I like to plan ahead.
Figuring out the cards to pick up in anticipation of a rise in price is a combination of luck and experience. On MTGPrice, we try hard to present our ideas and our rationales behind those ideas.
When you’ve been at this for a while, you get a sense for what the predictors are for future demand. It’s not always a question of rules, it’s got to be a combination of things that will catch your attention and say, “Get this while it’s cheap!”
Today I want to review some of the cards that I want to get now, or in one case, that I’d wanted to get, and the historical examples.
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Search for Azcanta ($17 regular, $32 foil, $40 buy-a-box promo)
I’m very high on this card, I have to be honest. It’s not often that I like picking up all available version of a card but I absolutely do, for a host of reasons.
Nonfoils: I think that this card is the backbone of a control deck in Standard, and it’s proven useful in any shell with blue. The only problem is that it’s not a four-of, more often a two- or three-of in such decks, and that might stop it from hitting $35.
Foils/Promos: This is popping up in both Modern and Legacy, in control and Miracles lists, and it’s going to stay a useful card there. Jeskai, UW, Esper…all the decks are playing at least one now, and some as many as three. It doesn’t give you an immediate advantage, but if you can live long enough to flip it, it’s acceleration or it’s finding the next answer. Let’s not rule out that this is a very strong card in Commander or Cube formats, and those are soaking up a certain amount of available copies.
If there’s a chance that you’re going to build a control deck in the next 18 months, get your copies now. The set after Dominaria is about when I’d expect this to pop up to at least $25 nonfoil, and $30 is reasonable.
The foils (and especially the promos) are a great pickup now too. Promo versions under $40 should be snapped up and set aside with the proper amount of patience. That will pay off.
Vraska’s Contempt ($12/$15)
I studiously avoided mentioning this card until we were done opening it, and unfortunately, the cat is out of the bag. I’d really been hoping that this made it all the way down to $5, but it’s recently doubled from its low of $5.50. I’ve used this card as an example of the rise and fall of prerelease pricing, as it could have been had at $4. Hero’s Downfall or Abrupt Decay have graphs worth looking at.
When it was in print, it was relatively cheap, but after it wasn’t being opened anymore, the popularity grew and the price doubled.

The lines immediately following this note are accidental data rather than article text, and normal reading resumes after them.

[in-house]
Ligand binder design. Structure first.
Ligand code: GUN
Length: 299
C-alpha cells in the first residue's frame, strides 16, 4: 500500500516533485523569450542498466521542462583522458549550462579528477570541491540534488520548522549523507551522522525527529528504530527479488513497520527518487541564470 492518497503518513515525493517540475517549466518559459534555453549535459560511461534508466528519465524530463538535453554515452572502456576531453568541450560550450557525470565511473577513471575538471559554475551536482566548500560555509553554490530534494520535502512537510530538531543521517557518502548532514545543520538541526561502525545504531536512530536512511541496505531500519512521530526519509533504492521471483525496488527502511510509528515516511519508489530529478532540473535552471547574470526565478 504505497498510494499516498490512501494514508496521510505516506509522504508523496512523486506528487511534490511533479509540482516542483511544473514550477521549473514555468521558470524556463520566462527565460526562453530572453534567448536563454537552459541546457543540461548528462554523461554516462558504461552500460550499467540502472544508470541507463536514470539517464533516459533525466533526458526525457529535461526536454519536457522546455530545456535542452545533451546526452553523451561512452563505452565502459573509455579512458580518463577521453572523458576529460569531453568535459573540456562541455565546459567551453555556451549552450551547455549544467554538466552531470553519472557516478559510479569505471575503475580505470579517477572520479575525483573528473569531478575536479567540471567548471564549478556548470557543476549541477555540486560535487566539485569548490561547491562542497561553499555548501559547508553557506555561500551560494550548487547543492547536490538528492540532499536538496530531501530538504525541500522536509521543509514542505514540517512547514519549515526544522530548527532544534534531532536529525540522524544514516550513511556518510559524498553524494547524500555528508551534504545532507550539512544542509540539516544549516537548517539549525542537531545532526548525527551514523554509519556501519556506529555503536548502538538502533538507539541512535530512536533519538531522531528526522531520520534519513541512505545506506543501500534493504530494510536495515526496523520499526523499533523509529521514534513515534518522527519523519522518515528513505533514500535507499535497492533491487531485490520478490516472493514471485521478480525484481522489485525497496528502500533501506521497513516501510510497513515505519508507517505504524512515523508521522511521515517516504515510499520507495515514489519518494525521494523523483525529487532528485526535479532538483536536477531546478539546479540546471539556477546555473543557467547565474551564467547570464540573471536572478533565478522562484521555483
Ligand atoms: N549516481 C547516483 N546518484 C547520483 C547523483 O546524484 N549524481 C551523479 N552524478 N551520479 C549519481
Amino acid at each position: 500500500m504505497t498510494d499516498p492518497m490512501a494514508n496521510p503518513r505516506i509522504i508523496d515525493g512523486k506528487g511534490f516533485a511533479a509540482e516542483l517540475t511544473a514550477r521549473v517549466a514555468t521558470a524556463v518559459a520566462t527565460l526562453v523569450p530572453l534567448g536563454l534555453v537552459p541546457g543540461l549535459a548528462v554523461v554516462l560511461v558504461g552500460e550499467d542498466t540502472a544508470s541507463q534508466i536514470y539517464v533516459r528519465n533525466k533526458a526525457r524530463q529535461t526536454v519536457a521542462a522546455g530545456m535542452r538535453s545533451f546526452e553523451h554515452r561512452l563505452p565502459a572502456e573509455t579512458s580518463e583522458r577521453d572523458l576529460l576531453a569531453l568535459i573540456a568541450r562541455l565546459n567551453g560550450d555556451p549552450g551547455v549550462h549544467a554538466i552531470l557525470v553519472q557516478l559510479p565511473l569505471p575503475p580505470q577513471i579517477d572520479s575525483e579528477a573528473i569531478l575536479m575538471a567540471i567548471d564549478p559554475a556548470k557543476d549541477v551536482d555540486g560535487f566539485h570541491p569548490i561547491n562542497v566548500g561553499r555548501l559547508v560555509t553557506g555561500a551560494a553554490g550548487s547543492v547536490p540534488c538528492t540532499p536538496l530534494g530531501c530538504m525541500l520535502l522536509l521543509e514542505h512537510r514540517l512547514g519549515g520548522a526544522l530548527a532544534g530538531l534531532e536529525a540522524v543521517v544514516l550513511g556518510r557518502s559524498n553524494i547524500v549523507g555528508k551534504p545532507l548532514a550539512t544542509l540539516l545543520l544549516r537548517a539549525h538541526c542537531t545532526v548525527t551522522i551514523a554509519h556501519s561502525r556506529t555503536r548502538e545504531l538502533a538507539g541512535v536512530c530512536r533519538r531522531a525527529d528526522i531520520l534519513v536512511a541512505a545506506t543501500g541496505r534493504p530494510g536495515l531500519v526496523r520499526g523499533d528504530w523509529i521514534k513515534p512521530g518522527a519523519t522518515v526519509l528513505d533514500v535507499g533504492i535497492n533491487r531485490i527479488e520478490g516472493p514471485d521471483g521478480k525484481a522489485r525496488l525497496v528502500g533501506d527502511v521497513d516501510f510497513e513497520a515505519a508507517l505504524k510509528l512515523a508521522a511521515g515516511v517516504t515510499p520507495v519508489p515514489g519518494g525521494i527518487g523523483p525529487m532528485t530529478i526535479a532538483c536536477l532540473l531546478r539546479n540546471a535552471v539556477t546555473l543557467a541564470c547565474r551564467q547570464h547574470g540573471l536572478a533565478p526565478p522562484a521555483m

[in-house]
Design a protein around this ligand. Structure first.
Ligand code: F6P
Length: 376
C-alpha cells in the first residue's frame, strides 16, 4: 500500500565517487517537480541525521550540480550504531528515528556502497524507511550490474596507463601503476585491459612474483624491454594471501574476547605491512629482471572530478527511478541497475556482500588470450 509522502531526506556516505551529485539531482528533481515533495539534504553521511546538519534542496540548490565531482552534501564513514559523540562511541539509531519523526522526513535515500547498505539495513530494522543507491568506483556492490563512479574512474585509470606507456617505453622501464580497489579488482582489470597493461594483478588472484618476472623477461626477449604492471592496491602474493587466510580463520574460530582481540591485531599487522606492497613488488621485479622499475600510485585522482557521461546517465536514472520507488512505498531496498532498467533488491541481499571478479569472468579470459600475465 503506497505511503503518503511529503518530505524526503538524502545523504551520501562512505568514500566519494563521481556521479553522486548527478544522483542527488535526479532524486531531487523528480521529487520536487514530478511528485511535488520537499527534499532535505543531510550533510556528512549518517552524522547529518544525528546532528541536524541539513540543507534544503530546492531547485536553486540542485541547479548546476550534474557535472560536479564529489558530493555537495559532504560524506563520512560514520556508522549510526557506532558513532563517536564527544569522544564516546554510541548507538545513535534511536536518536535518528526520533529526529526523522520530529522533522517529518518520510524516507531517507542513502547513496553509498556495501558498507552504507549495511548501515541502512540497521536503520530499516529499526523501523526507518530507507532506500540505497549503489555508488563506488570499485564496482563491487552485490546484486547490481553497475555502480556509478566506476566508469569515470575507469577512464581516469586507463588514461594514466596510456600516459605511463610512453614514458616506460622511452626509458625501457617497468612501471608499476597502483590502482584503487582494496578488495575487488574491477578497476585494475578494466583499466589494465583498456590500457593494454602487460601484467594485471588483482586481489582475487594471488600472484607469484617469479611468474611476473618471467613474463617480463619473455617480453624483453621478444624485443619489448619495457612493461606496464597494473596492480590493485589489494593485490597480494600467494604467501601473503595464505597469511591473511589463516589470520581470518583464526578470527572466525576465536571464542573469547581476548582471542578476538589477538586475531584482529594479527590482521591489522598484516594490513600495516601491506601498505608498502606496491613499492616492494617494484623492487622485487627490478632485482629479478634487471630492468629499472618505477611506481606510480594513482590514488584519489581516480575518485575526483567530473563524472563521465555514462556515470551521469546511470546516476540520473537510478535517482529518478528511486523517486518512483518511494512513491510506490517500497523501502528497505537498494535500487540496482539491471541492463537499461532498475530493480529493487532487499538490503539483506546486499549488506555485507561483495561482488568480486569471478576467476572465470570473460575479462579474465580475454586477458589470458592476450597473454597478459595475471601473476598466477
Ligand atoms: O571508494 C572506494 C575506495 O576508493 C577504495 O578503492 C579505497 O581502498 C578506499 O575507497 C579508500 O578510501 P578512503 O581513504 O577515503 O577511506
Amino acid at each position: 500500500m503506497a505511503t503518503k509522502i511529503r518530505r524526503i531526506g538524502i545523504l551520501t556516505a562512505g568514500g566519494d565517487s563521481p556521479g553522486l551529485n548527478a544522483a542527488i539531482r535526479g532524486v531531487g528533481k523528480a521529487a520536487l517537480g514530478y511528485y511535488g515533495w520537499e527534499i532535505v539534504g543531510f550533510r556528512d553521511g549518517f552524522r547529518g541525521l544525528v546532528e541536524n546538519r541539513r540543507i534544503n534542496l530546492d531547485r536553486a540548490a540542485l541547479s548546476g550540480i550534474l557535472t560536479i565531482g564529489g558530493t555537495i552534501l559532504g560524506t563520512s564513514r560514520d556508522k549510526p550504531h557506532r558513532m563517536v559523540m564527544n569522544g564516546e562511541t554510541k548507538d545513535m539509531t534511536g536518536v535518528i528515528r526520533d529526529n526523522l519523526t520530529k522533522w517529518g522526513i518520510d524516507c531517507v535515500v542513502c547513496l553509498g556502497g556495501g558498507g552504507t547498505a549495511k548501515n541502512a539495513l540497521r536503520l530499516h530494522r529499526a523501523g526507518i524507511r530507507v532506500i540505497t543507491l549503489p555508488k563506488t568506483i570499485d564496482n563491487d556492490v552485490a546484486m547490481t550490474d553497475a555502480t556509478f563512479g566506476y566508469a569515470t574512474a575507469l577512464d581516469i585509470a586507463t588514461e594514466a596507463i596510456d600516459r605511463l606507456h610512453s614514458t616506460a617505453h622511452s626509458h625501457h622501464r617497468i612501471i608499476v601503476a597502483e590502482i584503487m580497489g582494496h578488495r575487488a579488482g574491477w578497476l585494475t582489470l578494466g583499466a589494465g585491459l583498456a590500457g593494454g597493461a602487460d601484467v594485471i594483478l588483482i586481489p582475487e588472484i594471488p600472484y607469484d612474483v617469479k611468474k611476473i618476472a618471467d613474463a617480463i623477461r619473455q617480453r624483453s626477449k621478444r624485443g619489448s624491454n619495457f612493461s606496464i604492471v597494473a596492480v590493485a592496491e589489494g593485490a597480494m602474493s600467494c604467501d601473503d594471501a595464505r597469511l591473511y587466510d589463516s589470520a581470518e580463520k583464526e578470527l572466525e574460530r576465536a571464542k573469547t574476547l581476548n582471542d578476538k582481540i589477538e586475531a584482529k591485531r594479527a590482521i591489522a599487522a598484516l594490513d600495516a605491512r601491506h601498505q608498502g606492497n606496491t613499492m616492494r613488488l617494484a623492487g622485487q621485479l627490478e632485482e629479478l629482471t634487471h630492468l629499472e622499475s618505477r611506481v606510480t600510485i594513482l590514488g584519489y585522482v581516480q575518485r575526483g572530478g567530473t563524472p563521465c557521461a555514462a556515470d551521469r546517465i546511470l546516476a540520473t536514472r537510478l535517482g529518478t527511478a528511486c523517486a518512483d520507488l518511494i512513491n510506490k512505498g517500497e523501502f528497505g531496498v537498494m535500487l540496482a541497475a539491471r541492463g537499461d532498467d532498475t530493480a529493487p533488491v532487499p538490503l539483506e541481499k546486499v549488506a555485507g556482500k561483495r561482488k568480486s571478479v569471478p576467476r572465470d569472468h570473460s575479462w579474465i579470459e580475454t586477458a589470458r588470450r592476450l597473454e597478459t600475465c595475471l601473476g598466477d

Vraska’s Contempt was going to be on this exact same track, with the price dropping and dropping until it wasn’t in print and then it would start climbing. The problem is, Contempt is a fantastic answer to two powerful and prevalent threats in Standard: Hazoret the Fervent and The Scarab God.
Let me contrast Contempt with another card that does 80% of the same work: Hour of Glory.
That price graph tops out at fifty cents. Hour of Glory hasn’t even been a sideboard card in its lifetime. A big part of that is some unfortunate timing: Hour of Glory was released in Hour of Devastation in July 2017, where Vraska’s Contempt came out three months later. There’s a chance that these cards were planned to be in different blocks, with 18-month rotation or rotation every set, but the threats have never been severe enough to warrant playing Hour of Glory.
Contempt has popped since it’s become the go-to spell for removal, as it can answer a Planeswalker effectively. I really wish there was time for it to fall back down, but I imagine that the price will stick at around $10 for about the next 12 months.
Hostage Taker ($5)
Remember when this was $12? It wasn’t that long ago.
The Taker is seeing a fair amount of play in Standard, and popped up as a singleton in the sideboard of Traverse Shadow decks at the Modern Pro Tour. It hasn’t stopped being good against the cards that need exiling, and I have to admit that being able to exile their Death’s Shadow and then replay it yourself is an amazing 2-for-1.
What makes this extra appealing is the timeframe. It’s got a whole year, several big sets to work with. I can’t imagine that there’s a better enabler of this effect than Panharmonicon, but who knows? It’s a Pirate, a tribe that’s unlikely to be better with these other sets, but the color combination has always been excellent when it comes to control decks. I don’t think this is going to be a big player when it comes to casual play, but seeing the price it was at before, this seems like a very strong candidate for popping back up to $10 anytime in the next year. Snagging these at $5 or less right now is pretty amazing.
Cliff is an avid Cuber and Commander player, and has a deep love for weird ways to play this game. His next project will be a light-up sign for attracting Cubers at GPs, so get his attention @wordofcommander on Twitter if you’ve got ideas or designs.